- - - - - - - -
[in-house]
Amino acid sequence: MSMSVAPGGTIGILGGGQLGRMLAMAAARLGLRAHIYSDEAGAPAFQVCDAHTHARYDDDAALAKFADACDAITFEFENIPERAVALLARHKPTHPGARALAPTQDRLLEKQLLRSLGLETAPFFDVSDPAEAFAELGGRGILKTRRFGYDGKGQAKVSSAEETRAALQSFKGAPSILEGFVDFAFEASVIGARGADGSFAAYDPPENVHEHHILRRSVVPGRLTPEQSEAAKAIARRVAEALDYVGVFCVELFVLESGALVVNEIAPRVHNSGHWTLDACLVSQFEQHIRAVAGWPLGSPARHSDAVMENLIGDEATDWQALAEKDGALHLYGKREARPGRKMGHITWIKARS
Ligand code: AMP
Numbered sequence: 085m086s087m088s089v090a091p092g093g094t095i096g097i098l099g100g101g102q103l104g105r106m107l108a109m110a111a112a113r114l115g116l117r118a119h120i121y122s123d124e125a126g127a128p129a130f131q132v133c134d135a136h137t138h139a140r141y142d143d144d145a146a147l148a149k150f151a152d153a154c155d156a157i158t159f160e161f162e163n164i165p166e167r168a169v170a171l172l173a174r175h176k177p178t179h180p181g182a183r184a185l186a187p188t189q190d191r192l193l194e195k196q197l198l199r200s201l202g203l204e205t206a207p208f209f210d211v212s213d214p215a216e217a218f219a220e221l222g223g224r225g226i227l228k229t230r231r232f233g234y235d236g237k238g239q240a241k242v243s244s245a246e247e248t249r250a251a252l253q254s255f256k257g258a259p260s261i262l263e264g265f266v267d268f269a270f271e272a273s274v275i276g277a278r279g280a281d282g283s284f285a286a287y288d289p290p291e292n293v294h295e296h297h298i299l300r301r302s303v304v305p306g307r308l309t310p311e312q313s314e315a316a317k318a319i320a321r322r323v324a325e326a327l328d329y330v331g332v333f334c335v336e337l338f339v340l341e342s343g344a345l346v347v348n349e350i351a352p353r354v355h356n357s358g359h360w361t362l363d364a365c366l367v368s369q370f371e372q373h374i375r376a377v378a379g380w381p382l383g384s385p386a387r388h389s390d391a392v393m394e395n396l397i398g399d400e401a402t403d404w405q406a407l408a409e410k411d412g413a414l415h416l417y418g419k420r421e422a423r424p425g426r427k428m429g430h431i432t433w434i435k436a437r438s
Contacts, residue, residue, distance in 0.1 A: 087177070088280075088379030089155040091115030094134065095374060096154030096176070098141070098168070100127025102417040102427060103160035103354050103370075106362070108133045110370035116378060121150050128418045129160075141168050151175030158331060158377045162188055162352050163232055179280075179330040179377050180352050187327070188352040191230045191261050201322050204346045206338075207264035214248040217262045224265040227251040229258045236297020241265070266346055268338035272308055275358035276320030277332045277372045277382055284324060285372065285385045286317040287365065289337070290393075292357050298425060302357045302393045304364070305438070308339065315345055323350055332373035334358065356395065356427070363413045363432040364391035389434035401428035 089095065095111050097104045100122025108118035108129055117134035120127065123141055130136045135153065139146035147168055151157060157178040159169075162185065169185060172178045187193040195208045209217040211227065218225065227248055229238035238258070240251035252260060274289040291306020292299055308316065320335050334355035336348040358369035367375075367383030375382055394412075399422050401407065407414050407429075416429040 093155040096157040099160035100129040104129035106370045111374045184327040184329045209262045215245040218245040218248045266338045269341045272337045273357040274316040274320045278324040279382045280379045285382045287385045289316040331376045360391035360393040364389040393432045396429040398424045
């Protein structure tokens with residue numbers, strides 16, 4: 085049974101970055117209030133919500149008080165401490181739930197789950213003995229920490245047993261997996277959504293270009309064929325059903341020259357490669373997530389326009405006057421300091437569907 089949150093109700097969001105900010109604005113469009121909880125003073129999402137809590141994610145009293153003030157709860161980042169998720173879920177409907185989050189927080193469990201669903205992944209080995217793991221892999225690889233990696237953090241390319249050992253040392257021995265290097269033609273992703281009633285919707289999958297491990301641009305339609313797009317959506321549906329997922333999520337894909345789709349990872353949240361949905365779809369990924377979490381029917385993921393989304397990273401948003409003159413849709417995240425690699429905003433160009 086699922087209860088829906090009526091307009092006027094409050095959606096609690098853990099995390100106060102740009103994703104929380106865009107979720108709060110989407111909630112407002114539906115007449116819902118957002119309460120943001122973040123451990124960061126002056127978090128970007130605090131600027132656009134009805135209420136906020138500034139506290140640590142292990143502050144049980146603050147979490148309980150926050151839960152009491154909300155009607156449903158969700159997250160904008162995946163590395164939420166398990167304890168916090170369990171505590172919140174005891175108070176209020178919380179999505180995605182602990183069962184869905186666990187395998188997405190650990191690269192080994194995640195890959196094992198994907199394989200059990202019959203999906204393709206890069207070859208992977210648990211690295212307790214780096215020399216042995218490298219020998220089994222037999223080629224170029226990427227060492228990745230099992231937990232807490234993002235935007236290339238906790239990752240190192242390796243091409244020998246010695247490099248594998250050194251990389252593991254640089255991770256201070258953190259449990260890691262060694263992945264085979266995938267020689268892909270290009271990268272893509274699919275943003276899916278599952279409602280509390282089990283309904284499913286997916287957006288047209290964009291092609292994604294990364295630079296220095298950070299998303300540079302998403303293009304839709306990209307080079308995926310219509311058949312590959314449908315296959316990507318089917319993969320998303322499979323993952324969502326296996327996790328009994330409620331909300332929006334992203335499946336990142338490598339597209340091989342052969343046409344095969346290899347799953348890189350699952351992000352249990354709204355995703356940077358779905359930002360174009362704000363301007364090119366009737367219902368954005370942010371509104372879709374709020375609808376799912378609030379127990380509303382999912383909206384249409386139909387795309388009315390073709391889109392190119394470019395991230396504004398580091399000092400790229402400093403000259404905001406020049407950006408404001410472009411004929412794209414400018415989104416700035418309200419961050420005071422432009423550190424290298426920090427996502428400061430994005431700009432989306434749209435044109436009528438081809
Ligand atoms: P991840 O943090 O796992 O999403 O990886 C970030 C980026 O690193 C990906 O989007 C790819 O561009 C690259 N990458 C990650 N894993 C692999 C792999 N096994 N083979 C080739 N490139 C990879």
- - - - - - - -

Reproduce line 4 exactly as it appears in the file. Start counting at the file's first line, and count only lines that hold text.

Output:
Numbered sequence: 085m086s087m088s089v090a091p092g093g094t095i096g097i098l099g100g101g102q103l104g105r106m107l108a109m110a111a112a113r114l115g116l117r118a119h120i121y122s123d124e125a126g127a128p129a130f131q132v133c134d135a136h137t138h139a140r141y142d143d144d145a146a147l148a149k150f151a152d153a154c155d156a157i158t159f160e161f162e163n164i165p166e167r168a169v170a171l172l173a174r175h176k177p178t179h180p181g182a183r184a185l186a187p188t189q190d191r192l193l194e195k196q197l198l199r200s201l202g203l204e205t206a207p208f209f210d211v212s213d214p215a216e217a218f219a220e221l222g223g224r225g226i227l228k229t230r231r232f233g234y235d236g237k238g239q240a241k242v243s244s245a246e247e248t249r250a251a252l253q254s255f256k257g258a259p260s261i262l263e264g265f266v267d268f269a270f271e272a273s274v275i276g277a278r279g280a281d282g283s284f285a286a287y288d289p290p291e292n293v294h295e296h297h298i299l300r301r302s303v304v305p306g307r308l309t310p311e312q313s314e315a316a317k318a319i320a321r322r323v324a325e326a327l328d329y330v331g332v333f334c335v336e337l338f339v340l341e342s343g344a345l346v347v348n349e350i351a352p353r354v355h356n357s358g359h360w361t362l363d364a365c366l367v368s369q370f371e372q373h374i375r376a377v378a379g380w381p382l383g384s385p386a387r388h389s390d391a392v393m394e395n396l397i398g399d400e401a402t403d404w405q406a407l408a409e410k411d412g413a414l415h416l417y418g419k420r421e422a423r424p425g426r427k428m429g430h431i432t433w434i435k436a437r438s